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Prophets, Publicists, and Parasites

Antebellum Print Culture and the Rise of the Critic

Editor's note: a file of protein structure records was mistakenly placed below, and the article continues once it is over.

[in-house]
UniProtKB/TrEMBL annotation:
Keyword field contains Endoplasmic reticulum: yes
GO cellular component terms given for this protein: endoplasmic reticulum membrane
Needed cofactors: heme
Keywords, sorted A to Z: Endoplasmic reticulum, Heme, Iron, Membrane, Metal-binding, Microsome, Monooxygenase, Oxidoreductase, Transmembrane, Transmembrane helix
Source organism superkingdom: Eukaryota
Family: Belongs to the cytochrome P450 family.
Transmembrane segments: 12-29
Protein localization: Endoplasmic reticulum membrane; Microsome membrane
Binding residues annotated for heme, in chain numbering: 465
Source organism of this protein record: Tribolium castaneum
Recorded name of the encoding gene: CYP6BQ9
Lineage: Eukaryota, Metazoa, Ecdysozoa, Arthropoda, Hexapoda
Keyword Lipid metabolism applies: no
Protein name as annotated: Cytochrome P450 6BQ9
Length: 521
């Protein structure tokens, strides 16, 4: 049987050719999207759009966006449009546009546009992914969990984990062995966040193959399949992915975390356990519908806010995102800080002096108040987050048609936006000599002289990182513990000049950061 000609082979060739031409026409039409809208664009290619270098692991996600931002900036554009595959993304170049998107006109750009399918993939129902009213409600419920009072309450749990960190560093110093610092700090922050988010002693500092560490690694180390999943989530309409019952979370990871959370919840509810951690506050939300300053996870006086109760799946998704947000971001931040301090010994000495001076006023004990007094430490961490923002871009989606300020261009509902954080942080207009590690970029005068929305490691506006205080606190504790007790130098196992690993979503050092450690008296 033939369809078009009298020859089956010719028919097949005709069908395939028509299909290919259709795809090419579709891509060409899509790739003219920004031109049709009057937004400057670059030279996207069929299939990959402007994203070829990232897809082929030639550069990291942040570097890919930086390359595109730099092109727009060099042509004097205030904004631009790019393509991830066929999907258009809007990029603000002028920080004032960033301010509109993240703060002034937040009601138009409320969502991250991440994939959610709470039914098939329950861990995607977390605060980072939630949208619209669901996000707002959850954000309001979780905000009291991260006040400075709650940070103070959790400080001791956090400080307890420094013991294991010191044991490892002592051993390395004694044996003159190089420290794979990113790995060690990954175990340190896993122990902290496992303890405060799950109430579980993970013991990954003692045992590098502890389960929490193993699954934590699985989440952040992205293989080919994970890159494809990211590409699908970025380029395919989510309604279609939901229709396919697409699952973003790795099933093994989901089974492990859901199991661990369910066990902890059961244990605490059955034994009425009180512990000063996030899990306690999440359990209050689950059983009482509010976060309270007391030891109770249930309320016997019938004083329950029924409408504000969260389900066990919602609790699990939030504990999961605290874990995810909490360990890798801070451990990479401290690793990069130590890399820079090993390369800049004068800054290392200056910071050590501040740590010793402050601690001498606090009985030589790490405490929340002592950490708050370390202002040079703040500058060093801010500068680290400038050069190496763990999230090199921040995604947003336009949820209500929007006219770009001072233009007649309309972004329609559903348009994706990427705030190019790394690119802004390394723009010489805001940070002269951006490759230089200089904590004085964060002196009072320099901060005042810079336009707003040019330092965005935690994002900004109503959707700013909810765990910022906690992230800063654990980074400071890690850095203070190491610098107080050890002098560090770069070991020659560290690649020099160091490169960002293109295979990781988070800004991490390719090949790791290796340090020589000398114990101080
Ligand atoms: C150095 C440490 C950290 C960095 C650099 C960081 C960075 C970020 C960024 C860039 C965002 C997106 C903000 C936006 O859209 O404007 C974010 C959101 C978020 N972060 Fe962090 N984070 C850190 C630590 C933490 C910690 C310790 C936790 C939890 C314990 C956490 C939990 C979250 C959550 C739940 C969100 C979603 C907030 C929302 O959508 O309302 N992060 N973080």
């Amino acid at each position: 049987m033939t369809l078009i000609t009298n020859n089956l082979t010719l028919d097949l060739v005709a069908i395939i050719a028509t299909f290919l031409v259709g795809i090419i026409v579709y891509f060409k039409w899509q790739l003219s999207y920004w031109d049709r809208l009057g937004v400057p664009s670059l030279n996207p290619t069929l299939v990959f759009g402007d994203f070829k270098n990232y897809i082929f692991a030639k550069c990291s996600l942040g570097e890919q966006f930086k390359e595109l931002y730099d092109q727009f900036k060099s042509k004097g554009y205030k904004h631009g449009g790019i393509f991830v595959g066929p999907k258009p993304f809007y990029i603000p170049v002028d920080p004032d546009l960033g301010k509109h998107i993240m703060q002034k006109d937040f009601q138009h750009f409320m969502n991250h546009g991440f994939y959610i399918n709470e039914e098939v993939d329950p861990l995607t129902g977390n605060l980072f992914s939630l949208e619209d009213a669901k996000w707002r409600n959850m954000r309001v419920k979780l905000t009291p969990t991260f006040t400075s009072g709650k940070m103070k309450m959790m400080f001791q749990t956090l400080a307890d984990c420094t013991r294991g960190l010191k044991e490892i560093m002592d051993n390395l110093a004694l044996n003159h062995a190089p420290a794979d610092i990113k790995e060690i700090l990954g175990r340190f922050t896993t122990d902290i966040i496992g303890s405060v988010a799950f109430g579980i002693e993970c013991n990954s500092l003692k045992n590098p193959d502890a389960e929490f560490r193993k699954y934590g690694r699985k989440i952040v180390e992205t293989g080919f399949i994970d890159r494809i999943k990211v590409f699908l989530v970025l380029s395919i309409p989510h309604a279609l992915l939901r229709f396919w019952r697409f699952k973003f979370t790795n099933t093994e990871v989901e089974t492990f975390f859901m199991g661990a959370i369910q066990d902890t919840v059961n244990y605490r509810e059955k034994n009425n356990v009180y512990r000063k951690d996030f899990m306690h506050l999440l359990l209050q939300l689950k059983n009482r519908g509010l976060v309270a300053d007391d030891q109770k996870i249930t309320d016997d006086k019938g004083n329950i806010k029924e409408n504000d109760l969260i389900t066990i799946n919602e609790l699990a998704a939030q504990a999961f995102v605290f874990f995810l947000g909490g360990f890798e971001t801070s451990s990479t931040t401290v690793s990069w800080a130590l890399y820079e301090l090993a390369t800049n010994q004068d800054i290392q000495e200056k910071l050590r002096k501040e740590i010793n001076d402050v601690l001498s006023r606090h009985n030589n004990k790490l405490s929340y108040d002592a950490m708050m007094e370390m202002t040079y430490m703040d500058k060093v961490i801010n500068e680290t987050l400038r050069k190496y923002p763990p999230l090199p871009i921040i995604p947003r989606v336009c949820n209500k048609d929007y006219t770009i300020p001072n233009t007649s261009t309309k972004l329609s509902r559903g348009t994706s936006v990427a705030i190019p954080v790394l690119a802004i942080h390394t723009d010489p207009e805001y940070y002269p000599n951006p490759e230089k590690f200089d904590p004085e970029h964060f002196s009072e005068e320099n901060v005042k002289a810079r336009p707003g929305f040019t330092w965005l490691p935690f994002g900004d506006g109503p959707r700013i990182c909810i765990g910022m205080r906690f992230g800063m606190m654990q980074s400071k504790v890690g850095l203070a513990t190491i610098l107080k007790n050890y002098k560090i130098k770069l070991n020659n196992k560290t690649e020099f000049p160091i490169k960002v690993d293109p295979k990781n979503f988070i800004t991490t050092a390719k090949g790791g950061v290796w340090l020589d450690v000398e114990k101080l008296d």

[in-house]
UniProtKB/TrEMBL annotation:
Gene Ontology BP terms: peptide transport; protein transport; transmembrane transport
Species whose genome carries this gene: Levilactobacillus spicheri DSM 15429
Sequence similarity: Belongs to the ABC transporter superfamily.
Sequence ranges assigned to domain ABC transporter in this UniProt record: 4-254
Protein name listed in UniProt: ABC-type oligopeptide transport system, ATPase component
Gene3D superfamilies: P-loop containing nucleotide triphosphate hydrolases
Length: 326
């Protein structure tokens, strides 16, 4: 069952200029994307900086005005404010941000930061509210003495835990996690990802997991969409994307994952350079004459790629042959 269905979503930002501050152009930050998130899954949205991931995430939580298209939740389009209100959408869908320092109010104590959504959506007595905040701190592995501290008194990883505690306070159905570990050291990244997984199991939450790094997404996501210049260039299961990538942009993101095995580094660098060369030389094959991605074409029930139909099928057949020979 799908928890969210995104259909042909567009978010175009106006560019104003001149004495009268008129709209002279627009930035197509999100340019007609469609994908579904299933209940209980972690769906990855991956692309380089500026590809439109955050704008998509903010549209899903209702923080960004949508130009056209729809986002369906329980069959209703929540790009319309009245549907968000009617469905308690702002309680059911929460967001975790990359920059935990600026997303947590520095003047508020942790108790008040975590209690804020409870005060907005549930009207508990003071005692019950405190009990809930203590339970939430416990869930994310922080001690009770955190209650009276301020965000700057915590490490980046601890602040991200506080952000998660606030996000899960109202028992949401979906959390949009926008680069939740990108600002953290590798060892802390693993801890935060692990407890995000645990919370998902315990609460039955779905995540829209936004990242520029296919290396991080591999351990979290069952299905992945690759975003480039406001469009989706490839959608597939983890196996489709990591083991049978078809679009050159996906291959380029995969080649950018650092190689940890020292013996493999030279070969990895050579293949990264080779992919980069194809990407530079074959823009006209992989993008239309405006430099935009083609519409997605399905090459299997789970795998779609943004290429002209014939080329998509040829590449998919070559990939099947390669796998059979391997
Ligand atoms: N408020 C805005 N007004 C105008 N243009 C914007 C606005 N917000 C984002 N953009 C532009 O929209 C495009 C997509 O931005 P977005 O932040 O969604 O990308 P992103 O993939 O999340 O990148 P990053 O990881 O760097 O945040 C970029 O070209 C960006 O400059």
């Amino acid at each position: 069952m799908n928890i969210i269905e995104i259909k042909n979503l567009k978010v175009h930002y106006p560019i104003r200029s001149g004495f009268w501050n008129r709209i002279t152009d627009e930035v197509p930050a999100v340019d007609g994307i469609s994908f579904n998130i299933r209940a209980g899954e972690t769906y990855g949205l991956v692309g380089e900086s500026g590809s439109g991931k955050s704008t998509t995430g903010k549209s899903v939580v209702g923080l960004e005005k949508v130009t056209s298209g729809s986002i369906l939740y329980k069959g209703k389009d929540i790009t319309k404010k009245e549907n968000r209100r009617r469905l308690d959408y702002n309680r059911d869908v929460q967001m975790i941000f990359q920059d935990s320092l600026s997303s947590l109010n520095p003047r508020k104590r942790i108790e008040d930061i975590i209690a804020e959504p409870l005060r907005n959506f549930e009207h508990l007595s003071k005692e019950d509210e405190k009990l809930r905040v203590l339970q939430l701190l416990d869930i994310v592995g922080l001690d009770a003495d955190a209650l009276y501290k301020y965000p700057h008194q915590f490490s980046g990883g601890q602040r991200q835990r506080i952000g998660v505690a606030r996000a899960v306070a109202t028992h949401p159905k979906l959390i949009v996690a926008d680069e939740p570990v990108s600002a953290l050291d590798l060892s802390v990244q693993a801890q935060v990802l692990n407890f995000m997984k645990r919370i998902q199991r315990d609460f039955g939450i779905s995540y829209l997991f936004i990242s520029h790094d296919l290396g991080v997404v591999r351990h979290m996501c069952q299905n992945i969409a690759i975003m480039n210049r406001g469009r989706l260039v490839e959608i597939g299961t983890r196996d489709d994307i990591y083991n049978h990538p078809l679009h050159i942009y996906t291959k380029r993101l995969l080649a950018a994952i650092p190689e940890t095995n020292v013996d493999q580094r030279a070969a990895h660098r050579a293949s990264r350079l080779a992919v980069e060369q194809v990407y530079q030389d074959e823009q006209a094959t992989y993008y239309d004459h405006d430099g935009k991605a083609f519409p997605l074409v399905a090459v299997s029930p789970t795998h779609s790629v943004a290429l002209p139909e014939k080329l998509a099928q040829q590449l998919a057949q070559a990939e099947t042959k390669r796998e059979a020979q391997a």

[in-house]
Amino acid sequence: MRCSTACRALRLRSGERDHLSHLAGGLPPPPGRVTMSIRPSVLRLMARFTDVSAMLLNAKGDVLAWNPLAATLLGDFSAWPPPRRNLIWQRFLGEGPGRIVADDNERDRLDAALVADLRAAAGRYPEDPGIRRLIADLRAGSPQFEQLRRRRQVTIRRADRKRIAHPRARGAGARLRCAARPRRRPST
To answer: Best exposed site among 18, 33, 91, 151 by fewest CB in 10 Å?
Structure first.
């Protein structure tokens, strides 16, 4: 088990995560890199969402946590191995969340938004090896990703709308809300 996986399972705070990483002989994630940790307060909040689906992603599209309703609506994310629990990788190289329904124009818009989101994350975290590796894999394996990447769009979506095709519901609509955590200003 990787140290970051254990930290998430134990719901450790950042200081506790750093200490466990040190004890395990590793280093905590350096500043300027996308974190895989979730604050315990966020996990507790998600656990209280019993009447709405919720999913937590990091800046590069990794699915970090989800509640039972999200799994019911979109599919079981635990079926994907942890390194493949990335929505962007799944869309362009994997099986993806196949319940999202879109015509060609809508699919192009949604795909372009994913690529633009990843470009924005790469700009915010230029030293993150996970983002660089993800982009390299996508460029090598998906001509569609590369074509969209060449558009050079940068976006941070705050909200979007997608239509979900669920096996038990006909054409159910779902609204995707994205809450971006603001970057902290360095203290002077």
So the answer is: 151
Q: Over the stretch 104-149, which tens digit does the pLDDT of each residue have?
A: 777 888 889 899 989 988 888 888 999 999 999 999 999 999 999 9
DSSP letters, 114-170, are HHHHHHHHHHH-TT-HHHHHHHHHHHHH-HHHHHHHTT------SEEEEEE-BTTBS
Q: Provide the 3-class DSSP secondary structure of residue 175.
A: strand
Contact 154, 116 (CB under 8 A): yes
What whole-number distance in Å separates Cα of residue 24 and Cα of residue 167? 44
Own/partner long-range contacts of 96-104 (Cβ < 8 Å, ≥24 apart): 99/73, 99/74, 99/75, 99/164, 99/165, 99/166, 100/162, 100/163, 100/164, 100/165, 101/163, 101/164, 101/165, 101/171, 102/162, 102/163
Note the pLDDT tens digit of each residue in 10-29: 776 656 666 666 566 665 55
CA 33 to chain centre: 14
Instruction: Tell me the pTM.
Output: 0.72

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Print culture expanded significantly in the nineteenth century due to new print technologies and more efficient distribution methods, providing literary critics, who were alternately celebrated and reviled, with an ever-increasing number of venues to publish their work. Adam Gordon embraces the multiplicity of critique in the period from 1830 to 1860 by exploring the critical forms that emerged. Prophets, Publicists, and Parasites is organized around these sometimes chaotic and often generative forms and their most famous practitioners: Edgar Allan Poe and the magazine review; Ralph Waldo Emerson and the quarterly essay; Rufus Wilmot Griswold and the literary anthology; Margaret Fuller and the newspaper book review; and Frederick Douglass’s editorial repurposing of criticism from other sources. Revealing the many and frequently competing uses of criticism beyond evaluation and aesthetics, this insightful study offers a new vision of antebellum criticism, a new model of critical history, and a powerful argument for the centrality of literary criticism to modern life.

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